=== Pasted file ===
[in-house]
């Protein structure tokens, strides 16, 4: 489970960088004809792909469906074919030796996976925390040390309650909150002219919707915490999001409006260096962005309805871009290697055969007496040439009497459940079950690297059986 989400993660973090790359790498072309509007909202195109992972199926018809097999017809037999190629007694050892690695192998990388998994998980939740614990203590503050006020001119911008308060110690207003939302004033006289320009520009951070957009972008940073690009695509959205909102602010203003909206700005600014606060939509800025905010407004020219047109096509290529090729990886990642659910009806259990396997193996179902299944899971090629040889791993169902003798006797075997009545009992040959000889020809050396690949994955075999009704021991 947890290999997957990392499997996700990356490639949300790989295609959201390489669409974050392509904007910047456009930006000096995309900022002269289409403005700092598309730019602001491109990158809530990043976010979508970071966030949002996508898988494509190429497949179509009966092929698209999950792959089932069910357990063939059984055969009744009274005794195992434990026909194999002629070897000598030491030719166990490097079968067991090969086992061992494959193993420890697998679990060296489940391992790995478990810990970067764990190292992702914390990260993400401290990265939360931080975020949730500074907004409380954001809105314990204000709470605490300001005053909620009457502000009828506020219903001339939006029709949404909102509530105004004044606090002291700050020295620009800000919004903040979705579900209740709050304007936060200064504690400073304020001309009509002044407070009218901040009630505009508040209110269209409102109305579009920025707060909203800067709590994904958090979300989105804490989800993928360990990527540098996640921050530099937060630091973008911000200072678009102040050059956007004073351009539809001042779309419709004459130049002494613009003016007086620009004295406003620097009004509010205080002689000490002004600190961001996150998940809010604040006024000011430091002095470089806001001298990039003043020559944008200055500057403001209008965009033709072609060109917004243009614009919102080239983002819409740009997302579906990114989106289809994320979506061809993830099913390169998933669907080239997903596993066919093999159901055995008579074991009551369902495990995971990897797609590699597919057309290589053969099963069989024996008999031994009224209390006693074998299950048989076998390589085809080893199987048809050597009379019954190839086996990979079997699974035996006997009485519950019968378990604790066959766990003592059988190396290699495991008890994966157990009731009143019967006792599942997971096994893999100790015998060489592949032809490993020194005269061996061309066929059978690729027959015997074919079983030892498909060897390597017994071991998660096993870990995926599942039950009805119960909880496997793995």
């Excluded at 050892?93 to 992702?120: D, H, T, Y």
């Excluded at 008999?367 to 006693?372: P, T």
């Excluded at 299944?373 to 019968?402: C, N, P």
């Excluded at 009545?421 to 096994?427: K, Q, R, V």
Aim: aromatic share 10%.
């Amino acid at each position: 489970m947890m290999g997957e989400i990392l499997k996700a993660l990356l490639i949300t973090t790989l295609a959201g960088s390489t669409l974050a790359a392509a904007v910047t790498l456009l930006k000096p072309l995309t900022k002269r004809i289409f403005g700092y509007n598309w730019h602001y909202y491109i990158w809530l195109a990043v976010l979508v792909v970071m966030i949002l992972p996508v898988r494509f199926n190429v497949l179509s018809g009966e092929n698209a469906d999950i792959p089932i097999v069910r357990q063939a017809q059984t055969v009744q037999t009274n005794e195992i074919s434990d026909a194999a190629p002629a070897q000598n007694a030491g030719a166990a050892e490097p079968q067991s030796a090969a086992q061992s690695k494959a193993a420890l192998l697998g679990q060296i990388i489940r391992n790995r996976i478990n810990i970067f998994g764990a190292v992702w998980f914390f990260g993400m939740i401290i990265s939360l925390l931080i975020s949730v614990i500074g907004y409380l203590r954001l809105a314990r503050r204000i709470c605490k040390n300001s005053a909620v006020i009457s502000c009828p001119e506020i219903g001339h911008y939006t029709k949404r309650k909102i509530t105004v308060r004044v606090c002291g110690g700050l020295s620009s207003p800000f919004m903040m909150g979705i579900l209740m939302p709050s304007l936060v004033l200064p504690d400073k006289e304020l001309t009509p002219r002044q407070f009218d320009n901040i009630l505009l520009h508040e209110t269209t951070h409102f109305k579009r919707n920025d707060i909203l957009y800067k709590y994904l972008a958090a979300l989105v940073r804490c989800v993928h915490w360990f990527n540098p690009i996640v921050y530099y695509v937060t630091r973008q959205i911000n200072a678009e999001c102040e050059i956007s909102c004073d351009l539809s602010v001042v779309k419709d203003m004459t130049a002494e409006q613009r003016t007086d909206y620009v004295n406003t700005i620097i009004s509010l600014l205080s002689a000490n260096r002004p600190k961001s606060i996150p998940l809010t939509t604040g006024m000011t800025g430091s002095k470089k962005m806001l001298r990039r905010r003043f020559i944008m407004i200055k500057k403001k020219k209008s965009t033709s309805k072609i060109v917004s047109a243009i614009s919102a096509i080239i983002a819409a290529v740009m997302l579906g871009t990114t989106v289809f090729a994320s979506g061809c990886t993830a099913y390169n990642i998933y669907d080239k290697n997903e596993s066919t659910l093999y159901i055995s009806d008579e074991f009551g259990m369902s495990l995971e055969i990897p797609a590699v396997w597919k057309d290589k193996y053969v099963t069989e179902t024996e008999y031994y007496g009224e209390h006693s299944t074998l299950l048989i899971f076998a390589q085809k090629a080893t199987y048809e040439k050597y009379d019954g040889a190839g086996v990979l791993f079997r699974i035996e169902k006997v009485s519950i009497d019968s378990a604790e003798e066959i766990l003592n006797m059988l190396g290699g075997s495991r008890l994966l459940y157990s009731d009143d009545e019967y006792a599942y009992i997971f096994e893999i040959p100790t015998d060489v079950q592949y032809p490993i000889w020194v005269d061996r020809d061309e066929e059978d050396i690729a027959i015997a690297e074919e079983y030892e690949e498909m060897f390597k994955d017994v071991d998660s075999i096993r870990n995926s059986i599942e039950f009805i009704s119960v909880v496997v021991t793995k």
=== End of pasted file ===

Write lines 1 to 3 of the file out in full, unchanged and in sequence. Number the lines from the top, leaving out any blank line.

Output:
[in-house]
């Protein structure tokens, strides 16, 4: 489970960088004809792909469906074919030796996976925390040390309650909150002219919707915490999001409006260096962005309805871009290697055969007496040439009497459940079950690297059986 989400993660973090790359790498072309509007909202195109992972199926018809097999017809037999190629007694050892690695192998990388998994998980939740614990203590503050006020001119911008308060110690207003939302004033006289320009520009951070957009972008940073690009695509959205909102602010203003909206700005600014606060939509800025905010407004020219047109096509290529090729990886990642659910009806259990396997193996179902299944899971090629040889791993169902003798006797075997009545009992040959000889020809050396690949994955075999009704021991 947890290999997957990392499997996700990356490639949300790989295609959201390489669409974050392509904007910047456009930006000096995309900022002269289409403005700092598309730019602001491109990158809530990043976010979508970071966030949002996508898988494509190429497949179509009966092929698209999950792959089932069910357990063939059984055969009744009274005794195992434990026909194999002629070897000598030491030719166990490097079968067991090969086992061992494959193993420890697998679990060296489940391992790995478990810990970067764990190292992702914390990260993400401290990265939360931080975020949730500074907004409380954001809105314990204000709470605490300001005053909620009457502000009828506020219903001339939006029709949404909102509530105004004044606090002291700050020295620009800000919004903040979705579900209740709050304007936060200064504690400073304020001309009509002044407070009218901040009630505009508040209110269209409102109305579009920025707060909203800067709590994904958090979300989105804490989800993928360990990527540098996640921050530099937060630091973008911000200072678009102040050059956007004073351009539809001042779309419709004459130049002494613009003016007086620009004295406003620097009004509010205080002689000490002004600190961001996150998940809010604040006024000011430091002095470089806001001298990039003043020559944008200055500057403001209008965009033709072609060109917004243009614009919102080239983002819409740009997302579906990114989106289809994320979506061809993830099913390169998933669907080239997903596993066919093999159901055995008579074991009551369902495990995971990897797609590699597919057309290589053969099963069989024996008999031994009224209390006693074998299950048989076998390589085809080893199987048809050597009379019954190839086996990979079997699974035996006997009485519950019968378990604790066959766990003592059988190396290699495991008890994966157990009731009143019967006792599942997971096994893999100790015998060489592949032809490993020194005269061996061309066929059978690729027959015997074919079983030892498909060897390597017994071991998660096993870990995926599942039950009805119960909880496997793995």
């Excluded at 050892?93 to 992702?120: D, H, T, Y």